Reducing child exposure to unhealthy food advertising
Efforts like the Quebec food advertising ban mentioned above have taken place in many countries to reduce children’s exposure to unhealthy food advertising. However, these efforts are challenging and often met with great pushback from the product companies.
Many advertising restrictions are aggressively fought in the court of law under arguments that they defy free markets and protected speech rights. The Massachusetts attempt to restrict tobacco advertising near schools and playgrounds is a clear example of this. The initiative was dismantled by the supreme court in 2001 under the argument that this restriction violates free speech rights.6
However, various efforts have been implemented to reduce children and youth exposure to unhealthy food commercials. The UK for example has regulations in place that prohibit unhealthy food television advertisements to run during child-oriented programs.6
Can these food marketing tools help us eat healthier?
Using some of the marketing efforts discussed above, and repurposing them to encourage healthier choices can help shift consumer behaviour to create a more sustainable and healthful lifestyle.
These marketing strategies can support customers with the ease of decision making. Studies have shown that strategic placement of healthier meal options in fast food restaurant menus has increased their sales. Similarly, with the objective of making healthy choices easier, simple health claims clearly defined on packaging or menus have a stronger effect than traditional labeling.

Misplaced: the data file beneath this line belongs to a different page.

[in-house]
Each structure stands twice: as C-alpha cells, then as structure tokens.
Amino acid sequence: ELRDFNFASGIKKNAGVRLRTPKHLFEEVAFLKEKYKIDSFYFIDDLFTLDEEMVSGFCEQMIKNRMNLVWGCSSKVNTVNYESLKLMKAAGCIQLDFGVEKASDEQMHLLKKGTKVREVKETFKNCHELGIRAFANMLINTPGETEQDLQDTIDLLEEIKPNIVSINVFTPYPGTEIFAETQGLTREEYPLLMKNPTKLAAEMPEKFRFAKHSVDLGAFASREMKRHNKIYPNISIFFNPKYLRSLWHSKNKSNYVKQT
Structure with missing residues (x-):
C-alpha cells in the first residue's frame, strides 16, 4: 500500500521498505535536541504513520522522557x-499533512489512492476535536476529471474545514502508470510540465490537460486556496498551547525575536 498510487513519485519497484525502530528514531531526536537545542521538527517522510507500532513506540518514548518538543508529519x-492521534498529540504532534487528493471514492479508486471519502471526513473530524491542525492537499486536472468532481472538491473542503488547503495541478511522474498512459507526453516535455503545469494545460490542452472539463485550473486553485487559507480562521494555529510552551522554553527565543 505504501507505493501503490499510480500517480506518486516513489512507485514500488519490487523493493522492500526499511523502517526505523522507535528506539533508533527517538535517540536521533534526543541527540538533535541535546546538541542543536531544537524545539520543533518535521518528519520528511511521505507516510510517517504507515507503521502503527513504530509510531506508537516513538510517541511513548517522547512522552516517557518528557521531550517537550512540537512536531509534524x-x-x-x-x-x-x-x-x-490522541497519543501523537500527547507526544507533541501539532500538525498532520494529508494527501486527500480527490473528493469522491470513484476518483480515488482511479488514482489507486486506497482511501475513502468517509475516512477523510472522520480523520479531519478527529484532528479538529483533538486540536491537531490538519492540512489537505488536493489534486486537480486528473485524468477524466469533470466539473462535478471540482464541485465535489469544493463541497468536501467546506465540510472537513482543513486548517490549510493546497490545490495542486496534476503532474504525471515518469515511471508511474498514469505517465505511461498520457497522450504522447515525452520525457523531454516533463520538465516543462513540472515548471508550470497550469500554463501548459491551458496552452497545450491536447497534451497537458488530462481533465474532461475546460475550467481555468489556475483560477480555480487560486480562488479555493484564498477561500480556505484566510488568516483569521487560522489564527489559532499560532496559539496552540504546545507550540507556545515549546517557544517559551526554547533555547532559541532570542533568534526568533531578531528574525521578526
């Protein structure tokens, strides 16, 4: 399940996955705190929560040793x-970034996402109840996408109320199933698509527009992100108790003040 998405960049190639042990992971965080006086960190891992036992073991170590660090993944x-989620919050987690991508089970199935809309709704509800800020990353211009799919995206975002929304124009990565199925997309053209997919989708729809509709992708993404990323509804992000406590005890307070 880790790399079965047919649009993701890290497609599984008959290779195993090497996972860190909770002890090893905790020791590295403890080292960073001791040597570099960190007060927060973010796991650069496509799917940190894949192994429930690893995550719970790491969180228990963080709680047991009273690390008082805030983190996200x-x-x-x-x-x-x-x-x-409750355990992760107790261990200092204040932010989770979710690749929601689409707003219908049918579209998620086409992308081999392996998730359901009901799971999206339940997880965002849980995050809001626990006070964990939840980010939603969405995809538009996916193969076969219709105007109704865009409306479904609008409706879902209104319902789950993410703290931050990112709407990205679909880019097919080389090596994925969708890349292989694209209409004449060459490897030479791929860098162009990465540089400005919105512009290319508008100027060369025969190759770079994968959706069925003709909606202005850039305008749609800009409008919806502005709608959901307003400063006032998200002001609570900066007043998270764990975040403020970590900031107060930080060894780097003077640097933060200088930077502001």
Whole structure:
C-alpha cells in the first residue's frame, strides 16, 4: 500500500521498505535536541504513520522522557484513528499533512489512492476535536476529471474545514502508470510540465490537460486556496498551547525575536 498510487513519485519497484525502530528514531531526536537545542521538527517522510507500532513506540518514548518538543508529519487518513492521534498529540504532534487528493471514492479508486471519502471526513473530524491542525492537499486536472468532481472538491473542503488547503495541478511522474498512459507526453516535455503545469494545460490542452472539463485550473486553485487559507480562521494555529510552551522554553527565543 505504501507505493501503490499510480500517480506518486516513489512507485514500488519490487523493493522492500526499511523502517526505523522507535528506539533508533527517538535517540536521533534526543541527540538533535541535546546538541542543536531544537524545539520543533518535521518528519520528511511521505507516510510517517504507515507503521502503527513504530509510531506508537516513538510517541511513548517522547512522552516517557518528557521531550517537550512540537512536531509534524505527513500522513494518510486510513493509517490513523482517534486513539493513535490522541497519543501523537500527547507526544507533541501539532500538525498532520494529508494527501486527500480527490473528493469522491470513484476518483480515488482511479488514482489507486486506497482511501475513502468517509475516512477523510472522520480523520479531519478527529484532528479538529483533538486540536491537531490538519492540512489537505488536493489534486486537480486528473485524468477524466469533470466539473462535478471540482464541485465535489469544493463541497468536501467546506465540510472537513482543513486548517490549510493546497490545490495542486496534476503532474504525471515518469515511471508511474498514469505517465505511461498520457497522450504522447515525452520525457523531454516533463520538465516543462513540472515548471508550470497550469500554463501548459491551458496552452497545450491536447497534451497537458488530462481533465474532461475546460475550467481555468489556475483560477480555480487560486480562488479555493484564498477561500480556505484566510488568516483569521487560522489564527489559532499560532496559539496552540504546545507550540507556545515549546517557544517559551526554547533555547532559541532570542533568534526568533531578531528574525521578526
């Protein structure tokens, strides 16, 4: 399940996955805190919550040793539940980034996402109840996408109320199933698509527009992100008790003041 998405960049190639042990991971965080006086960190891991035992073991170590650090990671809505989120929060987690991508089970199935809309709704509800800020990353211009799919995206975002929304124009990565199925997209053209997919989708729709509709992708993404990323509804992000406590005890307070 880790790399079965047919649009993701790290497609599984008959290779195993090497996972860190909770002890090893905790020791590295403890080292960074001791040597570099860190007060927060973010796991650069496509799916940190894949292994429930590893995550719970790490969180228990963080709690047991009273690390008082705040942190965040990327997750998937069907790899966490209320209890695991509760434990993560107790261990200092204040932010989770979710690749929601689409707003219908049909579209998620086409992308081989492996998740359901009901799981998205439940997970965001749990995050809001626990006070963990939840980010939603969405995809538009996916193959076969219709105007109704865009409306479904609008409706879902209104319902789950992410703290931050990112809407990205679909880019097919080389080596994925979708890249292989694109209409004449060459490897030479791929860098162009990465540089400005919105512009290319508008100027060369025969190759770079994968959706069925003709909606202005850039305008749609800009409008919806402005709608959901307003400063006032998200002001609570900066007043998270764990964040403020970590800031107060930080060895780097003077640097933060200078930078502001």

For example, a field experiment spearheaded by the Massachusetts General Hospital saw that colour coding foods with green (healthy), yellow (less healthy), and red (unhealthy) labels increased the consumption of healthy foods.7
When it comes to the physical placement of food options in grocery stores, cafeterias, and vending machines, placing healthier foods at eye-level, can increase their consumption. Especially in schools or workplaces where people are rushing and tend to go for quick and easy decisions.
Food awareness is a critical aspect of our food environment, and efforts should be made to support public health concerns. Whether by use of labeling, advertising, or product placement, marketers should all be taking steps to educate consumers and enable them to make informed choices.